[00:06:21.310] - Sviat Hnizdovskyi
But before you reach that number of experiments, a good advice would be just to follow some of the best practices, listen to what your users are saying. But unless you have that many experiments, you can't really start categorizing them into specific buckets and then performing some more sophisticated analysis. I will tell you in just a few minutes why it's important and how we do that.
[00:06:42.460] - Sviat Hnizdovskyi
The first step basically is to understand whether you are still on that level of limited experimentation capacity. If so, I already gave some specific advice and some of my previous articles and podcasts, I can just maybe briefly mention a few.
[00:07:00.190] - Sviat Hnizdovskyi
The biggest benefits you can see as it comes to increasing your LTV and monetisation might lie within your overall paywall strategy. Just make it more frequent. Understanding the subscription duration optimal period for your specific app. If it's health and fitness or anything related to education, it's mostly the choice between having monthly and yearly subscription or just yearly subscription. I'm not going to too much of specific details here.
[00:07:26.470] - Sviat Hnizdovskyi
Second important thing like low-hanging fruit, easy with engineering is to optimize your first impression of the app. That means a lot like 80% plus of the purchases are happening within just the first 10-15 minutes of exploring the app. So it's very important that what you communicate from the very first screen is understandable. You show the benefits of the product instead of just listing features, etc., etc. But once you reach this threshold of 100 experiments overall related to monetisation, the interesting things are revealed basically. I think we can just spend some time going through these steps now.
[00:08:04.270] - Olivier Destrebecq
Yeah, yeah. I guess the first step is taking all the experimentation that you've done and figuring where you are and deciding can you move on? You said you have to categorise all those experiments. Can you tell us more about how like, what kind of categories do you want to create?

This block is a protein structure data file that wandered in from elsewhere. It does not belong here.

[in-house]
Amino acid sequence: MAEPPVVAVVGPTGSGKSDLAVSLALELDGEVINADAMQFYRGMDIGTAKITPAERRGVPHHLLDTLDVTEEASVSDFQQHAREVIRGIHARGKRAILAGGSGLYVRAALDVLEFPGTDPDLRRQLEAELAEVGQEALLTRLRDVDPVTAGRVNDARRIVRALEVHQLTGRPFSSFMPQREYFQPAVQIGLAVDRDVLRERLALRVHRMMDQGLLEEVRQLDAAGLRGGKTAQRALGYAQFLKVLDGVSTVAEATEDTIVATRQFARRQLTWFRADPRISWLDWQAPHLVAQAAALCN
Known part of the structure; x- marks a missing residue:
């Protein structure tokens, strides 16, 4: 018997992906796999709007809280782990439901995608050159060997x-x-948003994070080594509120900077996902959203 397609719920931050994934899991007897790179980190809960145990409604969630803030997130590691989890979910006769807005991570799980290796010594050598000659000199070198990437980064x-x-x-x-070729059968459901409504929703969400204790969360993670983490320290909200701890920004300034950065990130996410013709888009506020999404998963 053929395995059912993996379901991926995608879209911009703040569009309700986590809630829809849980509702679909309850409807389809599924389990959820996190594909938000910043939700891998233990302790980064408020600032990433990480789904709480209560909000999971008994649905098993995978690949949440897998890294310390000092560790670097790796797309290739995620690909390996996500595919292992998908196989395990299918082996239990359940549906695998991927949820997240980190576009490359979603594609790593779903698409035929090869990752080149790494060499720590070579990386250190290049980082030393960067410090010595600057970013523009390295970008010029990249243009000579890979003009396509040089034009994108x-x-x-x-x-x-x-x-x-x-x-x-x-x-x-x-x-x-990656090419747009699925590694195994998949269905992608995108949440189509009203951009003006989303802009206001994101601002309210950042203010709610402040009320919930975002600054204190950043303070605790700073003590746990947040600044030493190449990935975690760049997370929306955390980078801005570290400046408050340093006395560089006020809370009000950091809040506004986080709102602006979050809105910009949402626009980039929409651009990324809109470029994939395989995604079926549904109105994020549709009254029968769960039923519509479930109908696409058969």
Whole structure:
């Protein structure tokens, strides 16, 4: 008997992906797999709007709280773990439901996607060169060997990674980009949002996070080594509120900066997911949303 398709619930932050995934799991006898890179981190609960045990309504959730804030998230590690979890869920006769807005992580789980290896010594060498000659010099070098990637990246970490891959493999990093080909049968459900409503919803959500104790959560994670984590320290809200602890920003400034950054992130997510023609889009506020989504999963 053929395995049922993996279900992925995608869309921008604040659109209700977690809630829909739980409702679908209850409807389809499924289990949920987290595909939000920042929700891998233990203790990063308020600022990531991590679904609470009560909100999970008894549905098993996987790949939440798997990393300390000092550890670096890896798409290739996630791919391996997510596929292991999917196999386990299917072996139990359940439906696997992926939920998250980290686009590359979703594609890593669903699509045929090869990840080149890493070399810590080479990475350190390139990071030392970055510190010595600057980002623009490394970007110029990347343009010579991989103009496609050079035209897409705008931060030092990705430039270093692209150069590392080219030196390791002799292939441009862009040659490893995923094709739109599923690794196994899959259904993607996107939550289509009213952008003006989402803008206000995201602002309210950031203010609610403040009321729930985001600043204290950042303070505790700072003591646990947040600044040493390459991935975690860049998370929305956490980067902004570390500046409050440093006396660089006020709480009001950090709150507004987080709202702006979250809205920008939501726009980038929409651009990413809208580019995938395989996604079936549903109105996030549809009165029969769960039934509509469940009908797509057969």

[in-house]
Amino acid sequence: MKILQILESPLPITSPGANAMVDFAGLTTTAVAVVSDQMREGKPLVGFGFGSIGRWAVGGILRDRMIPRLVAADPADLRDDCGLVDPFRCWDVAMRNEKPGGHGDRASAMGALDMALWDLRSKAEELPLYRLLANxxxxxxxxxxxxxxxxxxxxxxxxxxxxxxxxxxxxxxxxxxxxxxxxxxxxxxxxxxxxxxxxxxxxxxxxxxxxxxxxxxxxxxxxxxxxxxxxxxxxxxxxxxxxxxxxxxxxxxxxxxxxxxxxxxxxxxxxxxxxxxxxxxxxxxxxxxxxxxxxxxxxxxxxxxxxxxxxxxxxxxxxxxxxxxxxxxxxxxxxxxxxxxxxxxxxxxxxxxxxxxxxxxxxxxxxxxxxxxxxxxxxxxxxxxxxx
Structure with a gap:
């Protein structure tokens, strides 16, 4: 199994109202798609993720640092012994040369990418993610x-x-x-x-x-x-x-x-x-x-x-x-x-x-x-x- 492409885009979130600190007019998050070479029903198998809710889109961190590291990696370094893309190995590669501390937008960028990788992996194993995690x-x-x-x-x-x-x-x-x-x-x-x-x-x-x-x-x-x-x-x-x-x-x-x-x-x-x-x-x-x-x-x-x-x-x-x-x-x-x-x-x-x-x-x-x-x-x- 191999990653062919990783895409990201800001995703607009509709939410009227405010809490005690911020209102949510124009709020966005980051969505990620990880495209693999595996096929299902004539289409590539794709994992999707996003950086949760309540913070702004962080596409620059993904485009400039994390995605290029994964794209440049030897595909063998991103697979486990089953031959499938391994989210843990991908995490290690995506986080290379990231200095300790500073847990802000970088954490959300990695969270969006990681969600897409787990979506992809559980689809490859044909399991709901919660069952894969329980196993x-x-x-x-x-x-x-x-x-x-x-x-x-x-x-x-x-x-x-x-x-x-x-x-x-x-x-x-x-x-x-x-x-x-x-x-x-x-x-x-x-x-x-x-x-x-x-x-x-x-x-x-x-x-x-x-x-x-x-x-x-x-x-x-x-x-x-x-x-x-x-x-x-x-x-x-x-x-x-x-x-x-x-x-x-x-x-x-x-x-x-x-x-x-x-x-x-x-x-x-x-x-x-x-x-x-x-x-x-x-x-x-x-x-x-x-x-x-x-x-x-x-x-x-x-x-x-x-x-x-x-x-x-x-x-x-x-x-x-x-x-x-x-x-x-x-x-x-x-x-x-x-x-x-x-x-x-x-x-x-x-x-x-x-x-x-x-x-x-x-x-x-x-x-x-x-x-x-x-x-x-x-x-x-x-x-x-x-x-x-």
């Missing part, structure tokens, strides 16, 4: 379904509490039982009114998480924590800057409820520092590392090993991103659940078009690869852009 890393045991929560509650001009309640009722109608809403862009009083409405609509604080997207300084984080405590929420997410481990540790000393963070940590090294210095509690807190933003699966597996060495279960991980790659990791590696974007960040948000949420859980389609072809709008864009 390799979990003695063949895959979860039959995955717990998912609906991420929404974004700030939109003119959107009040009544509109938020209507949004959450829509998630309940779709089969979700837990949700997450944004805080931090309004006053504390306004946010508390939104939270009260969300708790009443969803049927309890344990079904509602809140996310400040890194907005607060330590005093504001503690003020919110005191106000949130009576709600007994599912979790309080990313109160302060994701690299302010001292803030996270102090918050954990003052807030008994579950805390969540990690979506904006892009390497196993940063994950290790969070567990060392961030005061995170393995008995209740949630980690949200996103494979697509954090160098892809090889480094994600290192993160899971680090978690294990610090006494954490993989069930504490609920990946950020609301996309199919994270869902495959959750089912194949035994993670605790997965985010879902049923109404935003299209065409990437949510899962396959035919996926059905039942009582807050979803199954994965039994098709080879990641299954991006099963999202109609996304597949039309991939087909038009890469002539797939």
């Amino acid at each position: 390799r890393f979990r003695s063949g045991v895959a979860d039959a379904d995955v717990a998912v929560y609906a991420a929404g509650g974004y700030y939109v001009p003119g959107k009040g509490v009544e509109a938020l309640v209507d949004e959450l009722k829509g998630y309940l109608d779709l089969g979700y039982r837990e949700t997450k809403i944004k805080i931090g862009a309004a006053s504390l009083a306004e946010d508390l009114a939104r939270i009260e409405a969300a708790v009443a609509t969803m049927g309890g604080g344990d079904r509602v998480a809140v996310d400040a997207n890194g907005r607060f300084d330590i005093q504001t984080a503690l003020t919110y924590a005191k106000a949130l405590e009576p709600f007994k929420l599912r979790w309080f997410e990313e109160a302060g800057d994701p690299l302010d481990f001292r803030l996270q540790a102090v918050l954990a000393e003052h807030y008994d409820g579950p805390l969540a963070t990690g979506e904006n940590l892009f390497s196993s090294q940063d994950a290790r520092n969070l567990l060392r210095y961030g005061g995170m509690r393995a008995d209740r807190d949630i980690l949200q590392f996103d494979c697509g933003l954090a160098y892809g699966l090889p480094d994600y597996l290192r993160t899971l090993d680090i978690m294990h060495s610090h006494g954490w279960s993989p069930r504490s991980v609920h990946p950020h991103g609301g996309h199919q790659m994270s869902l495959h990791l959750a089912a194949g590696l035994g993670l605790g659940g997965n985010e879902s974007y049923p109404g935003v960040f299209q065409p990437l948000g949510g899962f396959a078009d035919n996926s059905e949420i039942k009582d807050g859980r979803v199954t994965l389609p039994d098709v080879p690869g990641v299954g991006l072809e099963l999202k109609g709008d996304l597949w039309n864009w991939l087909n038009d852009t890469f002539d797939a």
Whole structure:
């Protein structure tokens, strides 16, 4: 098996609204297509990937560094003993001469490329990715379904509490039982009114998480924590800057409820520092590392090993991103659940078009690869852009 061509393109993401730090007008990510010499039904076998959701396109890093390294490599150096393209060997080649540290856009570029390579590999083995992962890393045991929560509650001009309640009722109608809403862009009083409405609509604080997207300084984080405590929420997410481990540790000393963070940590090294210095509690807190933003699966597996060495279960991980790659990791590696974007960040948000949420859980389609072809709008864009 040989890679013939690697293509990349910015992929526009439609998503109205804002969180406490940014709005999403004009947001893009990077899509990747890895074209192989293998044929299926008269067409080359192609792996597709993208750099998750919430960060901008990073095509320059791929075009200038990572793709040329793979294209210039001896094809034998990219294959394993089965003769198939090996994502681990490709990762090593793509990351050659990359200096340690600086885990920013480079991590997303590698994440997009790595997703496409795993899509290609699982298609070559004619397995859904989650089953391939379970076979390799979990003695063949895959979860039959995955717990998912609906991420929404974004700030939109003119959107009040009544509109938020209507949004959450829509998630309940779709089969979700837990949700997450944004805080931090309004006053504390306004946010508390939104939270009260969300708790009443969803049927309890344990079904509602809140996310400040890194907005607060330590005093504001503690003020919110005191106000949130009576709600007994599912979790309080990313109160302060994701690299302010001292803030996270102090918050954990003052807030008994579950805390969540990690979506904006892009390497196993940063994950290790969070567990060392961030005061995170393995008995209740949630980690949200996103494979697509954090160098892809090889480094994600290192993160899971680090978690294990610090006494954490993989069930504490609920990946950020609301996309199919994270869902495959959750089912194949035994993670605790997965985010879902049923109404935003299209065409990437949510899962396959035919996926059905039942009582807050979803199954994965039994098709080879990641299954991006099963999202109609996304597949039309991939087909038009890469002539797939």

[00:08:18.280] - Sviat Hnizdovskyi
Yeah. What I would suggest is just to open whatever, let's say it's a spreadsheet, and you have all of your experiments listed and then you go through your entire history of experiments and assign each one category. Some examples of categories are like subscription price, discounts, frequency of your paywalls, placement of your paywall, your onboarding survey land, for example, your onboarding survey particular questions. Just some of the examples. I can provide a more exhaustive list of these categories.
[00:08:51.550] - Sviat Hnizdovskyi
It depends like, if you've really done more than like maybe 3 or 400 of experiments, you can even break them down into subcategories, like number of screens, screen orders, screen content, etc. Why we are doing that, we basically want to understand later and I'll explain how we do that, which particular category is the probably most optimal for you to target with all of your subsequent future experiments you're about to plan. Maybe some particular categories are already very optimised and you don't really have to spend more time looking at these ones.
[00:09:27.130] - Olivier Destrebecq
So when you have all those categories and, as you said, depending on how many experiments you might have, more or less categories, what should you do with those?
[00:09:35.380] - Sviat Hnizdovskyi
Then imagine you have this spreadsheet. The first column is basically the name of your test. The second one is category you assigned, we just talked about. Then you will still require a few more columns to complete this exercise. The next one would be to see within each experiment what was your best LTV change of the best variant of this experiment.
[00:09:58.990] - Sviat Hnizdovskyi
Imagine you have, let's say, a paywall test with three different designs. So you had some, of course, default variant, of course, 0% change, because we take zero as a default. Then you have two other variants. Let's say the first variant was statistically significant and has shown 5% increase to your LTV and a second variant showing 10% decrease, it's relative numbers.